01. Setting up

In this tutorial series, we'll see how to use the Linux Command Line.

Download and print out the Cheatsheet

Before we get our hands dirty, please print out your very own Command Line Cheatsheet. It's a good reference to have, so print it out and tape it to your wall where it's clearly visible!

VMware - Recommended Setup for All Users

To make full use of this tutorial series and really learn Linux Command Line we recommend you download VMware Workstation with a copy of Ubuntu 16.04.

VMware for Linux Ubuntu
VMware is a great way to get Linux on your computer, regardless of platform. Here, I am creating a new VMware machine, pointing to the Ubuntu 16.04 iso file I downloaded.

Click on the above links and download the two pieces of software. Once installed, create a new virtual machine and select the Ubuntu iso as your platform. Make sure you go into your Virtual Machine and download VMware tools to have your VM fully incorporated to your host system.

If you're having trouble with any of the setup, try Googling error messages or commenting below!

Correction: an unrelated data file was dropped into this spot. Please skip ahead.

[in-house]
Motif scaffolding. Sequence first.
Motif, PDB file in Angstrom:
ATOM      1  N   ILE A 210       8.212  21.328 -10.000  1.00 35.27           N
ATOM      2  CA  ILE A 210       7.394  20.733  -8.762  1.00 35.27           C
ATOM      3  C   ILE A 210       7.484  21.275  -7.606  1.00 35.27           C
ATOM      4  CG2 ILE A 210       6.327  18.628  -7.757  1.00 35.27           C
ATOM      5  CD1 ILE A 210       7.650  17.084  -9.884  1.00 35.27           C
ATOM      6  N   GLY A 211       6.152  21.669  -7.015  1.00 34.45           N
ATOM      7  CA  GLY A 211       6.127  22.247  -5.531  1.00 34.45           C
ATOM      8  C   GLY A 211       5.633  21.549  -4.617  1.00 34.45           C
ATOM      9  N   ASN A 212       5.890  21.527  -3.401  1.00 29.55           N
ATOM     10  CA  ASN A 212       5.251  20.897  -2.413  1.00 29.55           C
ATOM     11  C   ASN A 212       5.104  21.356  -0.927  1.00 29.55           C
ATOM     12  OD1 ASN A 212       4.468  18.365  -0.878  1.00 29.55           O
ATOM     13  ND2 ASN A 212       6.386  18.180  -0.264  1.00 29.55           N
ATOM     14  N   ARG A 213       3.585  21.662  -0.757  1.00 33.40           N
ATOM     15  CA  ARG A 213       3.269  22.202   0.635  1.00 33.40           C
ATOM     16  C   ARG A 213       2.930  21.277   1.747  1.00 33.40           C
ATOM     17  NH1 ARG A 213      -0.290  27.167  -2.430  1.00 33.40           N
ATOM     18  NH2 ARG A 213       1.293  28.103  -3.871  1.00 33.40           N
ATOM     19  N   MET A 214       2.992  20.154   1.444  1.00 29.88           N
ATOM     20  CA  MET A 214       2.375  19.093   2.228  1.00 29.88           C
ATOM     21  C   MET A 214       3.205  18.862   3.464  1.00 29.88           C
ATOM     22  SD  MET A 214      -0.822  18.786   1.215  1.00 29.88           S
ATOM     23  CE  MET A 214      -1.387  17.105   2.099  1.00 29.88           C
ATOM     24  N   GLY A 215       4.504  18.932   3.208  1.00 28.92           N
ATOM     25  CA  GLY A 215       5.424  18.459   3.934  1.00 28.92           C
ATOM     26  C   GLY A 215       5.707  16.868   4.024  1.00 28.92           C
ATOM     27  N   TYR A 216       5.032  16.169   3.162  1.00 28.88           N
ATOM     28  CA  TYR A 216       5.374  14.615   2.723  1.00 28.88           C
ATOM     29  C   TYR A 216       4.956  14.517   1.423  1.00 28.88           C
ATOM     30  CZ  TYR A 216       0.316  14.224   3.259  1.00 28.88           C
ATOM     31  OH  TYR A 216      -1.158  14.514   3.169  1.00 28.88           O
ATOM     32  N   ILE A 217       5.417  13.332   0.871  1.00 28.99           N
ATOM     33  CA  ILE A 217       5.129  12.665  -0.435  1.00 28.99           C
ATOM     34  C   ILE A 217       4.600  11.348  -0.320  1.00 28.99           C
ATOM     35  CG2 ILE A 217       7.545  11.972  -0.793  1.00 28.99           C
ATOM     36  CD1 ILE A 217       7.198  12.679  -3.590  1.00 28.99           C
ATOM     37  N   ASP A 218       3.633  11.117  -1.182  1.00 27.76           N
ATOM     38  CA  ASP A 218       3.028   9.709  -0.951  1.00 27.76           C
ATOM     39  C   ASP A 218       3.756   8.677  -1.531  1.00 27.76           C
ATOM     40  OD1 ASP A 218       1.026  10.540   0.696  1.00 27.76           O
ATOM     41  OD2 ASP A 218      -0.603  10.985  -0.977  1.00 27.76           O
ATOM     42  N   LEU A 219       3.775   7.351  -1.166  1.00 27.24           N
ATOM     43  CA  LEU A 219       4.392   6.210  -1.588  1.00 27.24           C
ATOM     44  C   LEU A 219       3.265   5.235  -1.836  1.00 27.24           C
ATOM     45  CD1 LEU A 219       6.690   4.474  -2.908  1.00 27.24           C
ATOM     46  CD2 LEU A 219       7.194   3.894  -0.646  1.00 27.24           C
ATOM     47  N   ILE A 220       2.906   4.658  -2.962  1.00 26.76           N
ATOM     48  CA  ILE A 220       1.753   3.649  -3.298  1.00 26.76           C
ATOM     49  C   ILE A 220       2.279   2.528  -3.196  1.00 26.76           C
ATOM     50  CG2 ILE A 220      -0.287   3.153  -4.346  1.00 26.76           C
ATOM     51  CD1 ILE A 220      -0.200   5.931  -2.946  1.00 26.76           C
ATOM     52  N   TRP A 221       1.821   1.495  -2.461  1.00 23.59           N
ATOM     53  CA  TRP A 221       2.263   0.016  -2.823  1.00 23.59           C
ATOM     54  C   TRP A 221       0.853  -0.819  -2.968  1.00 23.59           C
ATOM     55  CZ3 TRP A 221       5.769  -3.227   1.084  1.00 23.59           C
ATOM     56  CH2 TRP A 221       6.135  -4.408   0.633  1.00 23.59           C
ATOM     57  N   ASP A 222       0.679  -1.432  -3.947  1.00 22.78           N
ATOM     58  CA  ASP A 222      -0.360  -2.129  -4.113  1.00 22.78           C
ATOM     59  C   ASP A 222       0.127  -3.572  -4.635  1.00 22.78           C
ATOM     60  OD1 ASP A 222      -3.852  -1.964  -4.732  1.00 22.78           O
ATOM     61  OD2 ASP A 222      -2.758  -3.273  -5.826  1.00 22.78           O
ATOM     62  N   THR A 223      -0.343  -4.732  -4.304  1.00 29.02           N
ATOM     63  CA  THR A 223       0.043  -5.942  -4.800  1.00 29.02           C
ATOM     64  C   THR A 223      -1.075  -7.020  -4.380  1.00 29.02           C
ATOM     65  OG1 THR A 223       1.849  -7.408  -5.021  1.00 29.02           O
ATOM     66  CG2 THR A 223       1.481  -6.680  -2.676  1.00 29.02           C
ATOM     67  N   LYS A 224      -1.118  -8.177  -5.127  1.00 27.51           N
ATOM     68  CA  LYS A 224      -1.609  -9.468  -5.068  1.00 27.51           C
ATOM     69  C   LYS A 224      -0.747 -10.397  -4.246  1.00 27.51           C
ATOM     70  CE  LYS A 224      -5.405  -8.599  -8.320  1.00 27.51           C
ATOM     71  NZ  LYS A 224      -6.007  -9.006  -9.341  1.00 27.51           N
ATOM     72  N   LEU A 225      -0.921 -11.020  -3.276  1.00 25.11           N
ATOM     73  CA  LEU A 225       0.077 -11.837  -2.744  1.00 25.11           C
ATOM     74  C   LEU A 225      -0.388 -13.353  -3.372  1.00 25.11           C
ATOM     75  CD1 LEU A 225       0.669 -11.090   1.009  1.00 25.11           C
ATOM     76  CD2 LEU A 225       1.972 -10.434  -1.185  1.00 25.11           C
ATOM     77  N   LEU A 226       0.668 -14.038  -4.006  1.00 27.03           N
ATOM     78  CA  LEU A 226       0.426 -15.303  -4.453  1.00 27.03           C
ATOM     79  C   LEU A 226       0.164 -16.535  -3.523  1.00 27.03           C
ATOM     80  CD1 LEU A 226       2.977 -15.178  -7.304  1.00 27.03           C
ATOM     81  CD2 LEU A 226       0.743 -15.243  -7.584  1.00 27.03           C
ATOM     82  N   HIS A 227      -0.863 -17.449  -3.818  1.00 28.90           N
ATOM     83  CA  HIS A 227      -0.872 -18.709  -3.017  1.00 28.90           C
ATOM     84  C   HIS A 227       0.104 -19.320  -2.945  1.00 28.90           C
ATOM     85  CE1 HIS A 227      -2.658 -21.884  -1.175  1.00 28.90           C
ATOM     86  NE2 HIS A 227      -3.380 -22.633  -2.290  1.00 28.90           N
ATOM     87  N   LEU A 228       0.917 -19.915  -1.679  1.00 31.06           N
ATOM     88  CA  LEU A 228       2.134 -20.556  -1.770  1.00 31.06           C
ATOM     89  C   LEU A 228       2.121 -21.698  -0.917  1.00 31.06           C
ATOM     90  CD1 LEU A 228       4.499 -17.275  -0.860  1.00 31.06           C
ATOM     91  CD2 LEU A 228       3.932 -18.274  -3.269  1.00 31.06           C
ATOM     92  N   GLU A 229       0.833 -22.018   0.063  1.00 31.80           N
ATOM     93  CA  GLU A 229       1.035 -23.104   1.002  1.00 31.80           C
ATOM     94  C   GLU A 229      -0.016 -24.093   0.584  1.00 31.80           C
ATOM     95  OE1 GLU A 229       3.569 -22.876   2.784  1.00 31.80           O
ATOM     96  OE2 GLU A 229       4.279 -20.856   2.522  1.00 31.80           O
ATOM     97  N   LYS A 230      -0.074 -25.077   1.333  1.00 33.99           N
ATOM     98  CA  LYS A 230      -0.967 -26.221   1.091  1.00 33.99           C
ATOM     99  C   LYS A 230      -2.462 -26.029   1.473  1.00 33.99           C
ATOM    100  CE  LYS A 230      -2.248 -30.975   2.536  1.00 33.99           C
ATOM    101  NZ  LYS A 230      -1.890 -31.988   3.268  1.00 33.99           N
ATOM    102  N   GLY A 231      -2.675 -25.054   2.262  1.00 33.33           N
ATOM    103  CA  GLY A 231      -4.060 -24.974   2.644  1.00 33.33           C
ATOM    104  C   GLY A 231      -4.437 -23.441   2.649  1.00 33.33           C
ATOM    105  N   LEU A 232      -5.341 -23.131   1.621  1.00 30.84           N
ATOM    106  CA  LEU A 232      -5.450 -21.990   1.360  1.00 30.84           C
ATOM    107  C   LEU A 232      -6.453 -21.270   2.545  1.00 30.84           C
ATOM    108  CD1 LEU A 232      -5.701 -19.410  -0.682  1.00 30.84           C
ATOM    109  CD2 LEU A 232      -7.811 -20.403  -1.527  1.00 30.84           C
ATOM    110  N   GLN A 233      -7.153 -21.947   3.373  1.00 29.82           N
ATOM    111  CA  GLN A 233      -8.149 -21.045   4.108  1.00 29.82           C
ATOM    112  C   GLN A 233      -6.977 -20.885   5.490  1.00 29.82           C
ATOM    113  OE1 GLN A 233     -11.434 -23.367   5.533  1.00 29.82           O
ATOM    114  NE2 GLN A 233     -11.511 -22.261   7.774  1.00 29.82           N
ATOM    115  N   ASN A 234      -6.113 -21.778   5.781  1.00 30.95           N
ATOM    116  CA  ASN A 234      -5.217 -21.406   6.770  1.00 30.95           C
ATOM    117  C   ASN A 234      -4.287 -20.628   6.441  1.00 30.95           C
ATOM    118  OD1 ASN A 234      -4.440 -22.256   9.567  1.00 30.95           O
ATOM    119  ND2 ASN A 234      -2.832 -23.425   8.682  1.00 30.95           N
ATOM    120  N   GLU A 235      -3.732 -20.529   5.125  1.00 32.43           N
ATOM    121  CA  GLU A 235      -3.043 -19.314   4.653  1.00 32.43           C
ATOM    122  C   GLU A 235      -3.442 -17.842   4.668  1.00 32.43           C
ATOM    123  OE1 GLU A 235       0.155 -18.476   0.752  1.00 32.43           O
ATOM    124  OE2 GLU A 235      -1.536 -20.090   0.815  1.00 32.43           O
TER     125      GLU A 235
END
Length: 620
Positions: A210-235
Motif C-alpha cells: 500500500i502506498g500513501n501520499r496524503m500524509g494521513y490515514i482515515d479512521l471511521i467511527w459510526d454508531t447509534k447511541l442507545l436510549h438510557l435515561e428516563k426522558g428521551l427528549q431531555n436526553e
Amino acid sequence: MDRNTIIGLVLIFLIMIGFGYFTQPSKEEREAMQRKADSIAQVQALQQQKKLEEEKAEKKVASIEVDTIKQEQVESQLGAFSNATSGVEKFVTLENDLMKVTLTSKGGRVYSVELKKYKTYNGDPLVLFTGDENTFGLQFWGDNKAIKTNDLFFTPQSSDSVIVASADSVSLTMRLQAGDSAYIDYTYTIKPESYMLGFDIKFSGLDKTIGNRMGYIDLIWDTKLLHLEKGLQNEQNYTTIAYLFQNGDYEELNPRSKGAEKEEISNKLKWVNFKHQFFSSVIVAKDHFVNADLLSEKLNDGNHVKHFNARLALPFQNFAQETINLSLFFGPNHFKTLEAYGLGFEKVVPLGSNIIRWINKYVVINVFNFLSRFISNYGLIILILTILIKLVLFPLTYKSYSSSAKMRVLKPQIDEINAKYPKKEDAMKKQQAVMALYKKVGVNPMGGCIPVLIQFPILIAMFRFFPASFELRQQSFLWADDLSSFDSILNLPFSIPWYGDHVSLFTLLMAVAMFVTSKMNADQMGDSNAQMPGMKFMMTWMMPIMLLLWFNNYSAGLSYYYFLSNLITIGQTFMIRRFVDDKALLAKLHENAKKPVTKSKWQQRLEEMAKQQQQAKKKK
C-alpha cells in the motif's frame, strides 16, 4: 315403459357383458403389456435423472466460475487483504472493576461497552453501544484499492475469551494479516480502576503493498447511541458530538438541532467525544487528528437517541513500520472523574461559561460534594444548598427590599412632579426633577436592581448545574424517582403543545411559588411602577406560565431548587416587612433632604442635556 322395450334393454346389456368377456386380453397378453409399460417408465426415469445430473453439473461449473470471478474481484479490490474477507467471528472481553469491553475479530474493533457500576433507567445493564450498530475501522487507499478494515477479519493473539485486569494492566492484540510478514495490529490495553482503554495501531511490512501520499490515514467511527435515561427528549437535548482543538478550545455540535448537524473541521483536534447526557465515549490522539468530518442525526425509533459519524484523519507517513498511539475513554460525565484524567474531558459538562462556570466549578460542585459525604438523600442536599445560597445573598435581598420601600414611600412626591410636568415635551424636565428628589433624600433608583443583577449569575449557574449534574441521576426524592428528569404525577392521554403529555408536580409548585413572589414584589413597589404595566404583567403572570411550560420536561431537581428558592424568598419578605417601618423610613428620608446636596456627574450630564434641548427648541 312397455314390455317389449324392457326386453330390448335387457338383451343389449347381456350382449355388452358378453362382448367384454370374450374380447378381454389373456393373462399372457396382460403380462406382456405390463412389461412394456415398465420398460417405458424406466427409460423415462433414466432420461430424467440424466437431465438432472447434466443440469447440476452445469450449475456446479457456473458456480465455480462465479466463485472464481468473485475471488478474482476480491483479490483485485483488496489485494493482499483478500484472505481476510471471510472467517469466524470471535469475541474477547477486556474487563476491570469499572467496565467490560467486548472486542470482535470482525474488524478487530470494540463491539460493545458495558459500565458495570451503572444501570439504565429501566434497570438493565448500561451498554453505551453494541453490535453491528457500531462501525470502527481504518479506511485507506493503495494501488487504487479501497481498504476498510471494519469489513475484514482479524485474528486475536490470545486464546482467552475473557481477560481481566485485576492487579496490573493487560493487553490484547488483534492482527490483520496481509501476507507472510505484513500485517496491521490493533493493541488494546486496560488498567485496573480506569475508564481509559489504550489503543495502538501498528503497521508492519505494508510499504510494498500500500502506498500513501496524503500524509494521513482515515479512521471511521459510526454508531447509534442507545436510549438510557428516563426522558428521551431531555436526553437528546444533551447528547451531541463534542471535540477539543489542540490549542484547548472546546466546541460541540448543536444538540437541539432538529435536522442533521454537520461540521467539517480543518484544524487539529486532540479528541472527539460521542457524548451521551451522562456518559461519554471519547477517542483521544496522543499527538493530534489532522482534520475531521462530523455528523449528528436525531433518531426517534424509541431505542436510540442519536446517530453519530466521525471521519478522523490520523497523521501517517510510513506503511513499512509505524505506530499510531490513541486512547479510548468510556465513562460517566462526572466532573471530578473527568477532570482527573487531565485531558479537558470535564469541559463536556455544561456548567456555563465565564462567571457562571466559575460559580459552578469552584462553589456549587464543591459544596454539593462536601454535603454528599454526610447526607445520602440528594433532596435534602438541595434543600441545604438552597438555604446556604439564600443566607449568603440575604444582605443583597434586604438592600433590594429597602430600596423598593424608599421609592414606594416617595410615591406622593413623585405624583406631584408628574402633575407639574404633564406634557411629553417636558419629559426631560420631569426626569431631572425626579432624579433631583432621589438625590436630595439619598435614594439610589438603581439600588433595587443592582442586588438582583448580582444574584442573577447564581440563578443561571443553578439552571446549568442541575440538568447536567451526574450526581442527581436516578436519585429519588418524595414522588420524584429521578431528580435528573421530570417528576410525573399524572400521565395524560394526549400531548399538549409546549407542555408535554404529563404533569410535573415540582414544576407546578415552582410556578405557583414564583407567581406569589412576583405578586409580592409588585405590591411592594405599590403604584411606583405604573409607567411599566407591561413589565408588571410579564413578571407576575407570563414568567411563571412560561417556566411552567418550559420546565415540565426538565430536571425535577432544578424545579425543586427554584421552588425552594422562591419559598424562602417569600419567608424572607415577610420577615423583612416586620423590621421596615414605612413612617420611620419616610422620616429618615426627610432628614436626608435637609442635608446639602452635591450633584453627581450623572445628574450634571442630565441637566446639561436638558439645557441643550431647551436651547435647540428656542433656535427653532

Alternatives to VMware

Mac OS X Users

If you're on a Mac, you're partly in luck! Mac is built on top of a Unix platform, meaning it comes equipped with its own terminal with commands that are very similar to that of Linux.

To open the terminal, simply search for "Terminal" in your launcher, (⌘+Space).

If you want a highly customizable, and more pleasant version of the Terminal, I recommend you download iTerm2.

The Mac OS X command line is very similar to Linux Command Line, but you'll see a few commands are a tad bit different.

Windows Users

If you're on a Windows, simply download Cygwin, which allows for a similar interface as a terminal on a Unix platform.

If you're on Windows 10, it will be better to simply install the Bash Shell.

Linux Users

If you're running Linux, there is a Terminal you can launch by searching "Terminal." On Ubuntu, you can easily open this by holding Ctrl+Alt+T.

Keyboard inputs and outputs in this tutorial series

$ # All commands in this tutorial are preceded with a $.
# All outputs will be printed on the next line.
# Any code in italics are just example options, files or directory names.

Let's now get to it!

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